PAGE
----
Topic 6: Digital Fluency


I enjoyed making the ‘scratch’ this week. I was nervous, “Oh no, not another digital thing to learn”, however it became fun and fairly easy to use.      Click here for my cartoon.   I had ideas about making personalised cartoons for the classroom, specifically maths equations that we are learning, as well as having group activities in cartoon making.

I discovered that my level of digital fluency is identical to the list of software applications appropriate to be taught in the latter primary school years, as described in the book Teaching with ICT. (Howell, 2012 pps. 145 – 167) I resolved I needed to become proficient in these application in order to teach with these tools.

I have come to understand that visual media assists retention, and at the primary school level this is a good entrance point on the path to digital fluency.

In the book Language and Learning in the digital age the authors state “An image gains meaning,” (Gee & Hayes, 2011. p 112). The use of images in digital multimodality (combining words, images and sounds) is far more pervasive today and is used alongside the written word to convey understanding. I believe the use of images in teaching be a successful way to assist learning, as shown in the attached graphic.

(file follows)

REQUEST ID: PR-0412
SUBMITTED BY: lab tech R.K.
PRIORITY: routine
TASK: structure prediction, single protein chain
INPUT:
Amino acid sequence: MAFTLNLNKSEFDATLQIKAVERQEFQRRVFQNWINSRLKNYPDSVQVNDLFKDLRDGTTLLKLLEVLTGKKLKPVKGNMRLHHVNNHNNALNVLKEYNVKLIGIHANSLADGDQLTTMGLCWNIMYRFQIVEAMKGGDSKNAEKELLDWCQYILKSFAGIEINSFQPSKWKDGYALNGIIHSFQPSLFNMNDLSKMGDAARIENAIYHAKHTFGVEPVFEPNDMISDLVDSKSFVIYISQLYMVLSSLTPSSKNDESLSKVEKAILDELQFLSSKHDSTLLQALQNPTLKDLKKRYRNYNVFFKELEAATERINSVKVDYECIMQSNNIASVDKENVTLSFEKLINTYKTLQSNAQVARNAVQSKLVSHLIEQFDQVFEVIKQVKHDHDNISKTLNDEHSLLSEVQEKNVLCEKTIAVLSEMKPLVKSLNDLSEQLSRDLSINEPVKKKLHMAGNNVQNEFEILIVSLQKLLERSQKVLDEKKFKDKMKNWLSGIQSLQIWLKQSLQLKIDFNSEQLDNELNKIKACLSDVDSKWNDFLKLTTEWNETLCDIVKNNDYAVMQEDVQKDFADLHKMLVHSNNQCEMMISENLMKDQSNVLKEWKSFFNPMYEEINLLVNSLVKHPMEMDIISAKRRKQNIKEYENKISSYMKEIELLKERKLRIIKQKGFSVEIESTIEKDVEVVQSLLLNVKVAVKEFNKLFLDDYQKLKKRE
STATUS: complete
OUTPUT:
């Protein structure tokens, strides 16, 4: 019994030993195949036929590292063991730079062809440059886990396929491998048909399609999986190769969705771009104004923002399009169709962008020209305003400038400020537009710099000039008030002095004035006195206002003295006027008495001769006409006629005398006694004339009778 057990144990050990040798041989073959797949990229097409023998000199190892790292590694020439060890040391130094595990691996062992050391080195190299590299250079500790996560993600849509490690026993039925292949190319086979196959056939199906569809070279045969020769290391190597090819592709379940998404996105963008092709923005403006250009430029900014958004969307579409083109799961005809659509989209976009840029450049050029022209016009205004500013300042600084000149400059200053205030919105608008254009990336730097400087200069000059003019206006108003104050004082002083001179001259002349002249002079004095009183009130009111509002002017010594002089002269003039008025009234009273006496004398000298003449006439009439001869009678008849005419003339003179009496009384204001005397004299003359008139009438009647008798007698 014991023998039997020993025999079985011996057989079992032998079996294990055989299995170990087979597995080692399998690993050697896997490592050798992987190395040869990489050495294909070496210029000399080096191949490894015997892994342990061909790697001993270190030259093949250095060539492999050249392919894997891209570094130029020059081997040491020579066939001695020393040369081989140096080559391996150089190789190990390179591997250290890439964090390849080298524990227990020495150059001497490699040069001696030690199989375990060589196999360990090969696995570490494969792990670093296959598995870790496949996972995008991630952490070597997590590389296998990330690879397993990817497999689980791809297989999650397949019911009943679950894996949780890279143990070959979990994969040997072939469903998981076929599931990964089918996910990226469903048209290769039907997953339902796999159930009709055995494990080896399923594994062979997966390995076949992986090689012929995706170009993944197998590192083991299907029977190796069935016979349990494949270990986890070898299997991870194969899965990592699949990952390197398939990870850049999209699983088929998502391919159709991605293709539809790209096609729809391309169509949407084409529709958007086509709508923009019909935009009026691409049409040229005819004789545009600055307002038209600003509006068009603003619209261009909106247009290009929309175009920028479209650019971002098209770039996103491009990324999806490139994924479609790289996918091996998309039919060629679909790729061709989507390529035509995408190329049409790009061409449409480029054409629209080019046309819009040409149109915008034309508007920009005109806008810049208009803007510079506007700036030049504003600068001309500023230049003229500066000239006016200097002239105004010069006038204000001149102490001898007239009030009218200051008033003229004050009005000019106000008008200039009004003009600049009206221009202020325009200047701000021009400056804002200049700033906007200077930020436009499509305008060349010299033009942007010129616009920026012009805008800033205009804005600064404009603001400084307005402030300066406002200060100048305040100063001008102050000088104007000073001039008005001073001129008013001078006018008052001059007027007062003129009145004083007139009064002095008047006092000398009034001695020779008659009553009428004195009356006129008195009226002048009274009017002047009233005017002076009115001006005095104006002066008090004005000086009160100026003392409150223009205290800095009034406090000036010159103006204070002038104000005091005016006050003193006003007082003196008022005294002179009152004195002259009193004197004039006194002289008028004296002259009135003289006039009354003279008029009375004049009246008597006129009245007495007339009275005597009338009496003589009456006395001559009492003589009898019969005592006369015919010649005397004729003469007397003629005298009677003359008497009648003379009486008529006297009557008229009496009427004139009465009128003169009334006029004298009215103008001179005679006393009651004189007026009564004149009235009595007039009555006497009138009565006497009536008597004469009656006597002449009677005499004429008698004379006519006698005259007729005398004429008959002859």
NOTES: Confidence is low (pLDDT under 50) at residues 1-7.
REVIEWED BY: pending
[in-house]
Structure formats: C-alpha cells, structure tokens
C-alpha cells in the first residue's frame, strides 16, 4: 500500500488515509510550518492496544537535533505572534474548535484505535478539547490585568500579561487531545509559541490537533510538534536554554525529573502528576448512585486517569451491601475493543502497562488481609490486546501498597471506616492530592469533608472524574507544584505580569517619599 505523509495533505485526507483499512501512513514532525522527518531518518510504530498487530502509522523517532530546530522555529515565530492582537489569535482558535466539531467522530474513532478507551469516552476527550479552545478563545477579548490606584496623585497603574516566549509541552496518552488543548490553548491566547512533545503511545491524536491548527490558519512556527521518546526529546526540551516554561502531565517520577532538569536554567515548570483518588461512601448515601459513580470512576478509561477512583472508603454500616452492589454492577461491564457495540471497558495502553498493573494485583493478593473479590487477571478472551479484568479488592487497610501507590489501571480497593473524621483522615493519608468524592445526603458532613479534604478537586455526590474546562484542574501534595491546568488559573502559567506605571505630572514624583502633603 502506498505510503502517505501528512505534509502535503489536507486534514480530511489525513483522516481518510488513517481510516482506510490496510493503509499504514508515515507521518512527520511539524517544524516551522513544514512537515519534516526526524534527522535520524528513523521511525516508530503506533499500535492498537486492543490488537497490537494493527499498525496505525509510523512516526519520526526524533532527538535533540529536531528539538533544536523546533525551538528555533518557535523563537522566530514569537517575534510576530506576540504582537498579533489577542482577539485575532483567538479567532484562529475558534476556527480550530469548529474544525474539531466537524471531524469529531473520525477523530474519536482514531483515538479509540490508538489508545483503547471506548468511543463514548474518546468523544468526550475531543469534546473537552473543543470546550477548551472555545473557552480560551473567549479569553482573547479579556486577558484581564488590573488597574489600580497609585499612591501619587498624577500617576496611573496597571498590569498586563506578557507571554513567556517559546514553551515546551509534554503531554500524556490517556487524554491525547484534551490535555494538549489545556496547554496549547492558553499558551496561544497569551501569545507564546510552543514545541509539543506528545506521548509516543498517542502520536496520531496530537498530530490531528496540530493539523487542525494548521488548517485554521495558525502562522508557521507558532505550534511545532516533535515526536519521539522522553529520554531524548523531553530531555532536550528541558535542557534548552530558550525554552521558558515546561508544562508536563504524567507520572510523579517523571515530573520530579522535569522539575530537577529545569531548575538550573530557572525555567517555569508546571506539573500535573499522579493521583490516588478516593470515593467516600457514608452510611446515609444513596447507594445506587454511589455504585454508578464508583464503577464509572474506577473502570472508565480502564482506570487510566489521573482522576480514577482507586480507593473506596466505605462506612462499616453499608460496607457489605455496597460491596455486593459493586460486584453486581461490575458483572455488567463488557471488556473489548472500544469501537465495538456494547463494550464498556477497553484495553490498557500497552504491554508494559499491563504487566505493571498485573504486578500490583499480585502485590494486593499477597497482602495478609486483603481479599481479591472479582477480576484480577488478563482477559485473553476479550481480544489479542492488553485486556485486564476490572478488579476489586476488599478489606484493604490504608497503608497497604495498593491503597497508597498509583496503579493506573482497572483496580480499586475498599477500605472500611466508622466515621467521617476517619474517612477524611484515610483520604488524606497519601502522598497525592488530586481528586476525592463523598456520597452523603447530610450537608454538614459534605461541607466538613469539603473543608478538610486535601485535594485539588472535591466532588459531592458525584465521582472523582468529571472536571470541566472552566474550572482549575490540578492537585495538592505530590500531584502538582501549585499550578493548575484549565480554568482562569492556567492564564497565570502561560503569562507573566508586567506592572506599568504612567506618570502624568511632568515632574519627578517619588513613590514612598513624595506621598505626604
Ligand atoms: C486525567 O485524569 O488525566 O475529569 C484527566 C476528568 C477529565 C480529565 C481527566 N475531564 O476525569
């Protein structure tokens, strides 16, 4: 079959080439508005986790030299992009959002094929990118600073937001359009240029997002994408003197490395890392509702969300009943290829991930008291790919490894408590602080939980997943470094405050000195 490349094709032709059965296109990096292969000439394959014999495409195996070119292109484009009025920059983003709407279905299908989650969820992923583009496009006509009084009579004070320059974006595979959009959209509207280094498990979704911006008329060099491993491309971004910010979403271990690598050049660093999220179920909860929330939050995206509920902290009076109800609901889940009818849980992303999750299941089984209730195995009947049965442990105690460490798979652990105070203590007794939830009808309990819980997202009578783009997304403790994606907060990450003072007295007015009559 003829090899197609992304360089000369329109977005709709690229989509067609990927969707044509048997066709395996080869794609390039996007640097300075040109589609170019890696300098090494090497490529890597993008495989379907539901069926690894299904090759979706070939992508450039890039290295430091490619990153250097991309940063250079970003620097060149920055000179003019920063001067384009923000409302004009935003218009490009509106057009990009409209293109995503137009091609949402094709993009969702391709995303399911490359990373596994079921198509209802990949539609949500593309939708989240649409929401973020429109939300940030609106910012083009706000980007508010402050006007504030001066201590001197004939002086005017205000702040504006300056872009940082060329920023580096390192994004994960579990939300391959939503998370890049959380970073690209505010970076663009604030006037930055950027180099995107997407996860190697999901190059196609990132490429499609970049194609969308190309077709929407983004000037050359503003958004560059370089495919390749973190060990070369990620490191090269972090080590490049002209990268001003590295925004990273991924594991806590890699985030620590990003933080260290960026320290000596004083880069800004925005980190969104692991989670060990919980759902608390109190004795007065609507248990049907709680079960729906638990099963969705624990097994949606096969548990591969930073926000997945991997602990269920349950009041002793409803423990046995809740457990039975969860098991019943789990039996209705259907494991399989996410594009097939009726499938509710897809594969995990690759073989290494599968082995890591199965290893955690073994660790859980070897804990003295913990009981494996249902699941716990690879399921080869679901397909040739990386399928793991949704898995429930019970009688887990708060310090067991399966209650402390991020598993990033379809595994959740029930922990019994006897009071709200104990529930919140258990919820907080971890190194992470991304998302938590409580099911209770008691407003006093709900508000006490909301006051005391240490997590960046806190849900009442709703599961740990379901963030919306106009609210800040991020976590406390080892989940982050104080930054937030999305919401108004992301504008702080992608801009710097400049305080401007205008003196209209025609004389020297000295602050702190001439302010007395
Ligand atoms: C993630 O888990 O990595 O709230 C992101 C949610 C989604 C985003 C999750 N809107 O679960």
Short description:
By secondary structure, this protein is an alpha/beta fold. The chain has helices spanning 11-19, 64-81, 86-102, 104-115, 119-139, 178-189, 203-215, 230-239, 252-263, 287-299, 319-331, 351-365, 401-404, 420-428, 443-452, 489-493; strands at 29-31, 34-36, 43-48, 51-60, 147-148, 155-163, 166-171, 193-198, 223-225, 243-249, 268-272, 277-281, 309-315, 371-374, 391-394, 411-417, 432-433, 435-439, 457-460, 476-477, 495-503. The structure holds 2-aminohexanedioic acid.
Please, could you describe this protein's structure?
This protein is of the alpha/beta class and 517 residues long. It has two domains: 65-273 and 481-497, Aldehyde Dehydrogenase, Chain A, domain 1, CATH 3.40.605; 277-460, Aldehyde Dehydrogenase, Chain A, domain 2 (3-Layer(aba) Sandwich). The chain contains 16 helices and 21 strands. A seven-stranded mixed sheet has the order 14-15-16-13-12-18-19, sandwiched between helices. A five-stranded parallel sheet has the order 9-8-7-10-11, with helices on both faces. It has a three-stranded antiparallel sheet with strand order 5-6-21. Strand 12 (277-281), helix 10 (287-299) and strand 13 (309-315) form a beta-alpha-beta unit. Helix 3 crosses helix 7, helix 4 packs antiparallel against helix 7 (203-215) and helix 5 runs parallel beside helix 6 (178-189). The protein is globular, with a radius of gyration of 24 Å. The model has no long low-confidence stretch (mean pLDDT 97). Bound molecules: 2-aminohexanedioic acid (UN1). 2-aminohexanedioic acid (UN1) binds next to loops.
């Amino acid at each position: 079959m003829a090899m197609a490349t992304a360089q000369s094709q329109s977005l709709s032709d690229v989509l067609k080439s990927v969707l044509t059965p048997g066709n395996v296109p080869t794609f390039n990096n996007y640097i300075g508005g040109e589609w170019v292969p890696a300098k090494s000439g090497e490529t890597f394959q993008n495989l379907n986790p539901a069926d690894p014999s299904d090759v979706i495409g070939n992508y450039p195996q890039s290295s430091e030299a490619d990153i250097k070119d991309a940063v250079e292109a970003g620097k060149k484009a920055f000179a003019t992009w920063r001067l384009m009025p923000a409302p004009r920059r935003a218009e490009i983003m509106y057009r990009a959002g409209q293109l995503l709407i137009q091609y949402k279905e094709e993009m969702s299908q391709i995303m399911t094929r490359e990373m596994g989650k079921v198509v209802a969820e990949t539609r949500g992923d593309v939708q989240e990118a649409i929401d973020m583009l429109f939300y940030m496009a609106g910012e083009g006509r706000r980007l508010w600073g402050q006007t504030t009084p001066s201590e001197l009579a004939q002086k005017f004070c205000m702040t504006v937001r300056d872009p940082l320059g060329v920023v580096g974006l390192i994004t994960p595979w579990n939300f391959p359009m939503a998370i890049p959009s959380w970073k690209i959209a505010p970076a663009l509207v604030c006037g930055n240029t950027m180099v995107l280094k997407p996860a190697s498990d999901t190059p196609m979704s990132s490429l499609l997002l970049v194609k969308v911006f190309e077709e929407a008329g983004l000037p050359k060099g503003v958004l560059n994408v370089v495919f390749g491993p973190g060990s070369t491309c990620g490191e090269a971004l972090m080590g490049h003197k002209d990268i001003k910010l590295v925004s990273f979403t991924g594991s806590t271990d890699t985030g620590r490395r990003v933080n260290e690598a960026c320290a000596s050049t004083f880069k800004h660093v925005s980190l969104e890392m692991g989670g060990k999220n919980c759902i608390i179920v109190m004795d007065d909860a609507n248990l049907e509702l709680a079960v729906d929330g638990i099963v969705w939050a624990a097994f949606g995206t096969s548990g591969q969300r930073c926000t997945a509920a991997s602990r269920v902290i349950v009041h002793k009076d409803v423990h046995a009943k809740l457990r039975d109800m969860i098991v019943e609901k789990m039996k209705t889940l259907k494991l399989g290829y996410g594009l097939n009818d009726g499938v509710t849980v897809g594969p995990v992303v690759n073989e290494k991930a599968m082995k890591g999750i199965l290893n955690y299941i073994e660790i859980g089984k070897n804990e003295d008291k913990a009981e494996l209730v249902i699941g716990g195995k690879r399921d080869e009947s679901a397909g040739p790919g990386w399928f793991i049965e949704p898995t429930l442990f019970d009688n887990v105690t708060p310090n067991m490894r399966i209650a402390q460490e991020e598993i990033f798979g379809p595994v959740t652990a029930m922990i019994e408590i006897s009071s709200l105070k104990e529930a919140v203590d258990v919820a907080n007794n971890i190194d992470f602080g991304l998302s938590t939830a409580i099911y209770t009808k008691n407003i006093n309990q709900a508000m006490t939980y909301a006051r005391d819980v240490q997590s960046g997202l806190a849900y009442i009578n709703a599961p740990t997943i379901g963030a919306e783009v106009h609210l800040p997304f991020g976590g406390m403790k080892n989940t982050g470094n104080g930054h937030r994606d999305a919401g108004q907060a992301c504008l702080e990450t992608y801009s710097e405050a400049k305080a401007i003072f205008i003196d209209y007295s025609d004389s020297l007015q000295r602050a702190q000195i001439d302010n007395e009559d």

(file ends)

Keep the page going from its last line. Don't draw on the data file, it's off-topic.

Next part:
dale edgar

(graphic: developed and revised by Bruce Hyland from material by Edgar Dale, 2008)

Thanks,  Adrian Verrier


Multimodal learning through media: What the research says. (2008)  Retrieved from:

Dale, E. (1954). Audio-visual methods in teaching. New York, New York: Dryden.

Gee, J.P. & Hayes, E.R. (2011). Language and Learning in the Digital Age. Abingdon, Oxon: Routledge.

Howell, J. (2012). Teaching with ICT. Sth Melb, Vic: Oxford University Press. 

Grateful acknowledgement is made to ‘’ for providing cartoon making software.



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